CANADIAN man is set to join hundreds of shackled inmates on China’s degrading death row as they await agonising lethal injections or firing squads.
Robert Schellenberg, believed to be 38, from Abbotsford, British Columbia, was detained by the Chinese authorities for drug smuggling and after a retrial he had been condemned to die.
Schellenberg, who maintains his innocence, has been locked up in China since 2014, when he was accused of attempting to smuggle 225kg of methamphetamine to Australia.
In December 2018 he was sentenced to 15 years but after he appealed a retrial was ordered and the Dalian intermediate people’s court instead ordered his execution.
It comes as human rights organisation Amnesty International has branded China the world’s top executioner.
Schellenberg and others facing death are sent to detention centres where they await their fate on death row in tiny overcrowded cells or in solitary confinement.
According to the blog Dui Hua, those on death row wait just two months before being put to death compared to an average of 15 years in the United States.
It says the doomed prisoners are degraded by being shackled at all times by their hands and feet.
Cell trustees help them to eat and go to the toilet and strip them ready for execution after which the chains are removed and cleaned.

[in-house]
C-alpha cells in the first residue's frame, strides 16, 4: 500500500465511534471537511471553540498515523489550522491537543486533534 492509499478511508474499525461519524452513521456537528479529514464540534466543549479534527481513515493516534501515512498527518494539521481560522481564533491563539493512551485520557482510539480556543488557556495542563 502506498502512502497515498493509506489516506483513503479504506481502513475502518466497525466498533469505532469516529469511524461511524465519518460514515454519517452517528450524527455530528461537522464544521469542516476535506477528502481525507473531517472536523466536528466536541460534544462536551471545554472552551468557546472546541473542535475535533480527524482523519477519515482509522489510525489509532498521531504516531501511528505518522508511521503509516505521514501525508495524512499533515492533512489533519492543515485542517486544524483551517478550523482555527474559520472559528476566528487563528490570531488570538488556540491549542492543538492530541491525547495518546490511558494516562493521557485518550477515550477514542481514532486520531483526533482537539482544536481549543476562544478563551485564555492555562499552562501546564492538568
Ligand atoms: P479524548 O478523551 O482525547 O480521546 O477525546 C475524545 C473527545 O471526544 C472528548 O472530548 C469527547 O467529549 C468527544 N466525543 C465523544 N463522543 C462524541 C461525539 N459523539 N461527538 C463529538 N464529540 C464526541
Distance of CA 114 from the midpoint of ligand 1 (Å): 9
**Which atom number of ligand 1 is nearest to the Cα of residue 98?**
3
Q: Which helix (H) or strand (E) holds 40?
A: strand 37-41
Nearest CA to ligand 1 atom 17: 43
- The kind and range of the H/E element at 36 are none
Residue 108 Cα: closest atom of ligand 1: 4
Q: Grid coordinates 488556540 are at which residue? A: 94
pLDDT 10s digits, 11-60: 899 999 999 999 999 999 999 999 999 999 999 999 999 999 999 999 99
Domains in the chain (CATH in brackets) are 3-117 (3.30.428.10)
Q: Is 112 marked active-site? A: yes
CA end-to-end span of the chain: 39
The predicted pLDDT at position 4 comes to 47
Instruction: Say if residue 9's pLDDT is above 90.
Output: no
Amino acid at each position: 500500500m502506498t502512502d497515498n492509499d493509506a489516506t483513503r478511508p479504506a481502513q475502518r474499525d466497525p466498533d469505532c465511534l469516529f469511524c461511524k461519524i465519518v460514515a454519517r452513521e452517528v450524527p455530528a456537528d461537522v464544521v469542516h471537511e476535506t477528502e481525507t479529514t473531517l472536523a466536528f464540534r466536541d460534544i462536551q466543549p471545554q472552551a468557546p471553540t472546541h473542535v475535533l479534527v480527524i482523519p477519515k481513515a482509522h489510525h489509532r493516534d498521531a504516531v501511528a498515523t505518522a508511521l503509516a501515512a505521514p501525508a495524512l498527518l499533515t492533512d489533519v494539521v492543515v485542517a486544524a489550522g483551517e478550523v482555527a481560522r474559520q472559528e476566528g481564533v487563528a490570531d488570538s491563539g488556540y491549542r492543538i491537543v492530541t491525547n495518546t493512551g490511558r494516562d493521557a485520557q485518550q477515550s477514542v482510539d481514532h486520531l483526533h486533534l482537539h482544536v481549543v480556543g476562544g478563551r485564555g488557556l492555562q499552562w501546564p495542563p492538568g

Firing squads and lethal injections are two favourite methods of the death penalty used by China.
Killer jabs are sometimes administered in one of the state’s mobile “execution vans”.
Convicts are said to be loaded into a van and strapped to a table where they administered a painful lethal injection.
These vehicles were introduced in 2003 and although there have been reports that they are no longer used, Amnesty has said this is not the case.
With secrecy surrounding the Chinese death vans, victims are not often named due to the speed in which they are tried and executed.
One of the only victims named as an example was Mafia kingpin Liu Yong, who was given a lethal injection after being tried for wilfully causing harm to others, despite claims his confession was extracted under torture.
Ms Ong told The Sun Online although the Chinese government claims that less people are being executed — this is likely not the case.
Organs are then believed harvested from executed prisoners without any permission for use in medicine and scientific experiments.
Amnesty International has named China as the world’s worst executor by a large margin — with its body count believed to be larger than the rest of the world’s combined total of 657.
While other nations had total figures, China’s shadowy death penalty system left the human rights group only able to offer a grim estimate of “thousands”.
Amnesty’s China researcher Kai Ong told The Sun Online how China often holds mass rallies to announce people being sentenced to death in medieval-style public trials.
Ms Ong said: “The Chinese government still sees the use of the death penalty as an effective deterrent to crimes.
“Each June, local governments often hold mass sentencing rallies, in which students, teachers and the public are invited to witness the court handing down death penalty to individuals convicted of drug-related crimes.”